Open source is here to stay as a part of the technology landscape and as a development methodology. Many people have coined the new happenings in Open Source Software (OSS) as OSS 2.0.
Brian Fitzgerald was one of the first to do this in his paper on “The Transformation of Open Source” and he talks about some of the key differences in OSS 1.0 and 2.0 such as business models, a more mainstream working model and a fundamental new way of developing software. I am further struck by three very interesting phenomena happening in open source. This was reinforced by events and discussions that I have had in the past few weeks.
- Standard Bodies and OSS
- Companies and Consortia
- Model of Governance
Standard Bodies and OSS:
To get a common way of doing things adopted, we often worked in standards bodies for months or years. There were a lot of discussions, debates and meetings. Finally the standard would be established and more time would pass before it was implemented. It is becoming the norm today to introduce an element that you want to standardize around in the form of implementation and code into open source even before you introduce the idea into standards bodies.
It serves as a test-bed to see if it gets adopted but more importantly it goes through practical peer review and feedback. Unlike months of discussion and debate in meetings, it goes through a road test to see if it is viable. An accepted and well-tested-implementation can get submitted to the standards body later to become a standard. I see this more and more. And the other norm is bypassing standards all together and just putting the implementation into open source to become a default standard through adoption. As we move forward, both vehicles need to be considered when creating or initiating a standard and SanDisk® and other companies are paying attention to this.
Companies and Consortia:
Jim Zemlin in the Linux Conference keynote this year talked about it being the age of consortia and foundations. There is one for everything important from the web to cloud to the Internet of Things (IoT). They allow companies who would otherwise be competitors to come together with development communities to rally around a common problem, industry or movement. See the wide variety in Jim’s slide below. At SanDisk, we are a member of the Linux Foundation as it has been a key organization for moving Linux and open source forwards.
The other type of rallying cry was made by Facebook at the @scale conference last week in San Francisco. Called TODO – “Talk Openly and Do Openly”, it is aimed at getting companies together to work openly on common problems. Companies like Facebook, Google have tremendous scale of data, compute and need projects to both scale and be production-ready. They are willing to do the work and share the results with other similar companies. The competition comes from the services and user experience delivered and not on the infrastructure itself. You can find more in this Gigaom announcement and at ToDo’s site.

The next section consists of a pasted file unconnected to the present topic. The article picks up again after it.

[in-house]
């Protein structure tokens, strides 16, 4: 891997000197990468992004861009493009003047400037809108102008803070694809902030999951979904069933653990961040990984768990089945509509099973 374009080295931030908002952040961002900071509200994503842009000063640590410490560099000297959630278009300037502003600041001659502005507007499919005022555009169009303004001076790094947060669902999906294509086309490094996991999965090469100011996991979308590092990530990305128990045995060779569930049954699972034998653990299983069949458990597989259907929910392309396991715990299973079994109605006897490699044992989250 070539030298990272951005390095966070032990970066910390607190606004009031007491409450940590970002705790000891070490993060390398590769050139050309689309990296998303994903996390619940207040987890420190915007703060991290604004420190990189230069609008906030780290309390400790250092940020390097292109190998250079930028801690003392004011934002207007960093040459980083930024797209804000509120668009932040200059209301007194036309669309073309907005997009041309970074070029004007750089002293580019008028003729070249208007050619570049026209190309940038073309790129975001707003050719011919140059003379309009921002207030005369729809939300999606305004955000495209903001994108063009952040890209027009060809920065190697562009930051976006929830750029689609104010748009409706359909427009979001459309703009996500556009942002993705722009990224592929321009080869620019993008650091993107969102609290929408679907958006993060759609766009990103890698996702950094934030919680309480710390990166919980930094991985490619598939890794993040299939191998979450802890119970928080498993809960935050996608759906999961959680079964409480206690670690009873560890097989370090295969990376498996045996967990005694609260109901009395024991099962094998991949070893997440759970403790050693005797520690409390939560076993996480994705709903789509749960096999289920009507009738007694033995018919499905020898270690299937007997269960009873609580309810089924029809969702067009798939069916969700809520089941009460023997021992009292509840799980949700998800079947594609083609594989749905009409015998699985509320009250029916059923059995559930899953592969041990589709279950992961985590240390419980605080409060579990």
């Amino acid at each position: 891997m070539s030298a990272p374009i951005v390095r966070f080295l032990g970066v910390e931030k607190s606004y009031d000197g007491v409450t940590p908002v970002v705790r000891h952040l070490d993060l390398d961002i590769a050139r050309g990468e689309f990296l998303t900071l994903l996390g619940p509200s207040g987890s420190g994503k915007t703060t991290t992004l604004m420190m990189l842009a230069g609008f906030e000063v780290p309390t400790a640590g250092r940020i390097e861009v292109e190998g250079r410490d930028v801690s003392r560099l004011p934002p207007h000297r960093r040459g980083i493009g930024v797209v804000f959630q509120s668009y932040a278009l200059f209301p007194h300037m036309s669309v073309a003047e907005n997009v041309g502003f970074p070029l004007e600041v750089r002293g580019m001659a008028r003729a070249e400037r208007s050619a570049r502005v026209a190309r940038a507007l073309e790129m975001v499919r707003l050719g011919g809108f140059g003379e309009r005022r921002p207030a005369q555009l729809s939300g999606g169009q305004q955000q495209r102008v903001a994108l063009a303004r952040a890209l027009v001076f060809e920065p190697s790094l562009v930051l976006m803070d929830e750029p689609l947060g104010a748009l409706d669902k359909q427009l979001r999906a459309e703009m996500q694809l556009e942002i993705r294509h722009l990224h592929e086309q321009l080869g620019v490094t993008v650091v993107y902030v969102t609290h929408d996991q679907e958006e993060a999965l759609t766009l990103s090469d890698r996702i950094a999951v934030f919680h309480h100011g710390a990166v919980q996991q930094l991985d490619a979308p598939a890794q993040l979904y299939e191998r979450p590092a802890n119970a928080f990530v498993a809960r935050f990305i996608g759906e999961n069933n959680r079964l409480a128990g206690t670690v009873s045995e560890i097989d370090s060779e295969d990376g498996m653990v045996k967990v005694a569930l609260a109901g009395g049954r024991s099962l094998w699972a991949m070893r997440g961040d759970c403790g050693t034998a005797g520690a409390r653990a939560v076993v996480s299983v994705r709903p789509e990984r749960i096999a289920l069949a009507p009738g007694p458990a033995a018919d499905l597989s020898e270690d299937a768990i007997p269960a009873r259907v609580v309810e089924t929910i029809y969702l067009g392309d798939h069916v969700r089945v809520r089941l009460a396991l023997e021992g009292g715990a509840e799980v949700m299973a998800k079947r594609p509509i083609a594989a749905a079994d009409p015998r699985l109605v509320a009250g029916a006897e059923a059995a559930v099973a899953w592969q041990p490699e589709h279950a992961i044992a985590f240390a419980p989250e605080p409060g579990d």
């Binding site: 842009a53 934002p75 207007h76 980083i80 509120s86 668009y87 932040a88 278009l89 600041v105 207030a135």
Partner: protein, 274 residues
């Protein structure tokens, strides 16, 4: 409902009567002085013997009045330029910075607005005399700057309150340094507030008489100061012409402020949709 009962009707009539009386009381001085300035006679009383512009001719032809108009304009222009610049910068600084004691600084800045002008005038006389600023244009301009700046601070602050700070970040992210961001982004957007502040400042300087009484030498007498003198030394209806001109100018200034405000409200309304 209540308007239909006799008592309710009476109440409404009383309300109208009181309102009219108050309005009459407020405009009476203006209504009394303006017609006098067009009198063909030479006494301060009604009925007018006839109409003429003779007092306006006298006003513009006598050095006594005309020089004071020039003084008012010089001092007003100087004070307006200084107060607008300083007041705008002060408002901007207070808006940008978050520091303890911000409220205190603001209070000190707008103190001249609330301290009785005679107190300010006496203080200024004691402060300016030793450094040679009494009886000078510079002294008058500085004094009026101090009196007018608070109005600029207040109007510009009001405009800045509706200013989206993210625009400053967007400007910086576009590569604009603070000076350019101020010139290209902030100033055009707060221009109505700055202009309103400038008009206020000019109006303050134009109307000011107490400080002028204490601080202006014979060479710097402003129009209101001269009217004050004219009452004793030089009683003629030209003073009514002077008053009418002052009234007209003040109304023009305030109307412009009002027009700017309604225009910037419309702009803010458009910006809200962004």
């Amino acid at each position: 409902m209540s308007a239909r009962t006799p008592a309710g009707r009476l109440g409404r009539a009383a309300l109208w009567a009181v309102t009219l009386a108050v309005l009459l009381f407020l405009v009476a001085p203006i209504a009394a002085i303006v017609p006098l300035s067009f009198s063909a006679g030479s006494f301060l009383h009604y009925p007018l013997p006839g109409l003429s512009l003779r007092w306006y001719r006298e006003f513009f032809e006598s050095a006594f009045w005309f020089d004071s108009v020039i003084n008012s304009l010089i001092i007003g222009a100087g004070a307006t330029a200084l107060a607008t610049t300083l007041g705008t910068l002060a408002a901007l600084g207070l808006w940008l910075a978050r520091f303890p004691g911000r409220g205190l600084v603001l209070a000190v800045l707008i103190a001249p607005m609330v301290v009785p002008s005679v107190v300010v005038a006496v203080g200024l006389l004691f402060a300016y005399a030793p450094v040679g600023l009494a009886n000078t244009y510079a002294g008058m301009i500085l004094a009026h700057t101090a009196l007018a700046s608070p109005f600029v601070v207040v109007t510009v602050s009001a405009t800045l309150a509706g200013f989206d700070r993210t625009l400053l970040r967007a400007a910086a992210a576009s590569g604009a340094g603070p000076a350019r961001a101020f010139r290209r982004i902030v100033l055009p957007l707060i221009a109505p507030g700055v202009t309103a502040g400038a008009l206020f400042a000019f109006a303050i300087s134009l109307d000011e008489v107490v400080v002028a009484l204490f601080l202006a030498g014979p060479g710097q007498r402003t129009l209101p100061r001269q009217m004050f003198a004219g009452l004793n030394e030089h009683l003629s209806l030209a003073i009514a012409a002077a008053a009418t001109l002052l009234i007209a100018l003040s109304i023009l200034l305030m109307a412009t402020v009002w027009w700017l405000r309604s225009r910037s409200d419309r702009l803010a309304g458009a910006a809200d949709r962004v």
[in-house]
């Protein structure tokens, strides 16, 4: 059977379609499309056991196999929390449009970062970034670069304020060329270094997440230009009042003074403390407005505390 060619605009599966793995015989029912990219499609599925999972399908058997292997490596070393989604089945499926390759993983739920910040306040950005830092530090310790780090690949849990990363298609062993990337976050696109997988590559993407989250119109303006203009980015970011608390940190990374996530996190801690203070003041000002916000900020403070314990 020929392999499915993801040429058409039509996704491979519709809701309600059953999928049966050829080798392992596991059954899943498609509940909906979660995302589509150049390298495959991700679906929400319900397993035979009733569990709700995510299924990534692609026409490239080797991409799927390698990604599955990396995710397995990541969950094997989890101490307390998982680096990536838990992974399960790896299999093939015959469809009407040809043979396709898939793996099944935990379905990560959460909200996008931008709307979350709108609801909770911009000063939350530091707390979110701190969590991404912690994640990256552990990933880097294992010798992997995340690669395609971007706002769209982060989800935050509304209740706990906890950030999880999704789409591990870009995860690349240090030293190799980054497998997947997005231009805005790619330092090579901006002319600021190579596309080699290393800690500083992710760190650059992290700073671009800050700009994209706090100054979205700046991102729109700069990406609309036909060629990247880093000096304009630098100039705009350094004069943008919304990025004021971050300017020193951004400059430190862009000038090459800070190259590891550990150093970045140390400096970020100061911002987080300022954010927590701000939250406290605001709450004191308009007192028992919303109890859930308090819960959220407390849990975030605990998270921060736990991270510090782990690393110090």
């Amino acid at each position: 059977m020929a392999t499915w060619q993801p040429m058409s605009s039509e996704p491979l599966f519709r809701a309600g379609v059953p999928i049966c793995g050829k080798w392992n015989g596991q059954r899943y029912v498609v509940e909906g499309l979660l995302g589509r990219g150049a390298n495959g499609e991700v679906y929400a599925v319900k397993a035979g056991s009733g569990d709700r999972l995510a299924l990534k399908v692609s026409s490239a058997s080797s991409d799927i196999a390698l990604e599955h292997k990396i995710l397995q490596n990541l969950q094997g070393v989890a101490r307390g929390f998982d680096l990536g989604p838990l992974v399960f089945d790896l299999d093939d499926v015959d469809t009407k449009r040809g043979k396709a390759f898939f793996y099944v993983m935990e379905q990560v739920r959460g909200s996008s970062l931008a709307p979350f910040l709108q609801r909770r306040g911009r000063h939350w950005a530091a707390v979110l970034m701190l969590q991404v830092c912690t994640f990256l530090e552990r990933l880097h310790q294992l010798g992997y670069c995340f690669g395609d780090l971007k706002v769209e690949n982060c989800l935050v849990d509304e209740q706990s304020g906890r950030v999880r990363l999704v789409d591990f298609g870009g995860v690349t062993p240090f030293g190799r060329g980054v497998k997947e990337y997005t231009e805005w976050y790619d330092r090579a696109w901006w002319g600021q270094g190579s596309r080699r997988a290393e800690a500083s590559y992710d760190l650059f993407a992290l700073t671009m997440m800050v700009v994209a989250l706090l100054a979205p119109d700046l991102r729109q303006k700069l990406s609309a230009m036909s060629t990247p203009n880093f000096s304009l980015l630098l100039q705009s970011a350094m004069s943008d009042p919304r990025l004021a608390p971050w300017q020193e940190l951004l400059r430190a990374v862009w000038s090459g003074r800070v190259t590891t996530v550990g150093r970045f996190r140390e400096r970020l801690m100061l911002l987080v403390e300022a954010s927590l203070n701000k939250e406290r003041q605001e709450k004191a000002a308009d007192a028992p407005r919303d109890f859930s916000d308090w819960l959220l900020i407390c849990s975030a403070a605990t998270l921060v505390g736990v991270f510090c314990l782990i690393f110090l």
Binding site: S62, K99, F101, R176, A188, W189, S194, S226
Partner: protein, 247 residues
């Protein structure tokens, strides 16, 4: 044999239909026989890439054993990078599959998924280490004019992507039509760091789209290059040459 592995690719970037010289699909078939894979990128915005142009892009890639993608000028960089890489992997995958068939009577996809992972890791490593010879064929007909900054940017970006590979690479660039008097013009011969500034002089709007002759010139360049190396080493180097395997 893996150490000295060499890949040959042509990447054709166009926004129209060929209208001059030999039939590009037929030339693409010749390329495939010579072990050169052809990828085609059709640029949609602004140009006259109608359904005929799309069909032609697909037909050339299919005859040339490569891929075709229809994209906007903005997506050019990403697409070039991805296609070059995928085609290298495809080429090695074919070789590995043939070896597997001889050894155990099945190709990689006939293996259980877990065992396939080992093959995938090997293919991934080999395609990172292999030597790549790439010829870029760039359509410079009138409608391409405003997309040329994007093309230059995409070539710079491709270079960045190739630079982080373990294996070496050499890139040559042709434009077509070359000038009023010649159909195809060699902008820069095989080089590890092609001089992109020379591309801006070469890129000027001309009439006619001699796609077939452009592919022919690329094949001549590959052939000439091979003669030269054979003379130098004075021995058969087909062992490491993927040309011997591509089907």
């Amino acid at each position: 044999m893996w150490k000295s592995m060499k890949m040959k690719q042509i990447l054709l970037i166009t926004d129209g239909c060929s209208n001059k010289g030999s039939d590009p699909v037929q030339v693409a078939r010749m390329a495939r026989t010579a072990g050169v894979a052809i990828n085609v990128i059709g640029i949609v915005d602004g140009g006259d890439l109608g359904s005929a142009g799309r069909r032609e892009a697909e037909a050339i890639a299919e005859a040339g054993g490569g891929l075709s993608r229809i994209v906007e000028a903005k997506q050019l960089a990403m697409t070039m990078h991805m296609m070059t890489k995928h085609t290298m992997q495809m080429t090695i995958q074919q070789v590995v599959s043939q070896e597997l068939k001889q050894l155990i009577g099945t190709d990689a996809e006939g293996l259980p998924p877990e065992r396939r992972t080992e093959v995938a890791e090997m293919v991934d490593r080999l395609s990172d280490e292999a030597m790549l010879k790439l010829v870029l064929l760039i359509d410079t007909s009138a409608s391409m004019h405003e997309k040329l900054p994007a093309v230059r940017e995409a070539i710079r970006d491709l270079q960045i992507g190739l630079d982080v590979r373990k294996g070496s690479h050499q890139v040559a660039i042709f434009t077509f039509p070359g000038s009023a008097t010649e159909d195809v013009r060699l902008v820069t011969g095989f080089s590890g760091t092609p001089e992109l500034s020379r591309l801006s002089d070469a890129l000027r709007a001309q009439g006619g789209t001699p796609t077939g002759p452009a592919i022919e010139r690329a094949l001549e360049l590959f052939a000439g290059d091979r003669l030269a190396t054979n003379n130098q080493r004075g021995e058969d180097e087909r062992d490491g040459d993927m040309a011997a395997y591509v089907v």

When you work across competitors and community and are moving fast, the issue of the right governance models often comes up. Traditional commercial models have product managers who drive requirements and roadmaps with a mostly captive engineering team often in one company. But it is a lot harder to drive strategy and cohesion when you are working across hundreds of companies all with different objectives, with open source communities with distributed teams and hundreds of projects at work. This is the challenge many organizations like the OpenStack foundation are facing. The recent one day summit was held here in Silicon Valley on the state of OpenStack.
I commend the organization on healthy self-examination on how to move forward as they scale. OpenStack has come very far in a short 4 years and has done many things right. But with the scale of operation under its umbrella, it is fair to question what the right mode is for the future. Is it to be a benevolent dictator like Linus or use more of a commercial model with product managers for each key sub area and a core team that drives the direction closely? Should every member have equal say? What to accept and what to say no to? How do customer voices get heard?All good questions which OpenStack and others asked and are working through.
My challenge for myself in the open source office is how to work with communities and ecosystems inside and outside the company as we develop and move forward. Development models today and in the future are no longer done just inside the company. It is done with partners and open source projects and has to take these various constituents into account to be effective. This is a key part of my job in managing the Open Source office at SanDisk.
OSS 2.0 is more grown-up today and is used in serious production deployments of massive scale. It has evolved to support new technology disruptions and the scale needed for Cloud, IoT, WebScale services and mobile. It is not the OSS of 1998 when I started working with open source at Silicon Graphics. Evolution is a necessary action to thrive and grow and we as users will also need to evolve with it.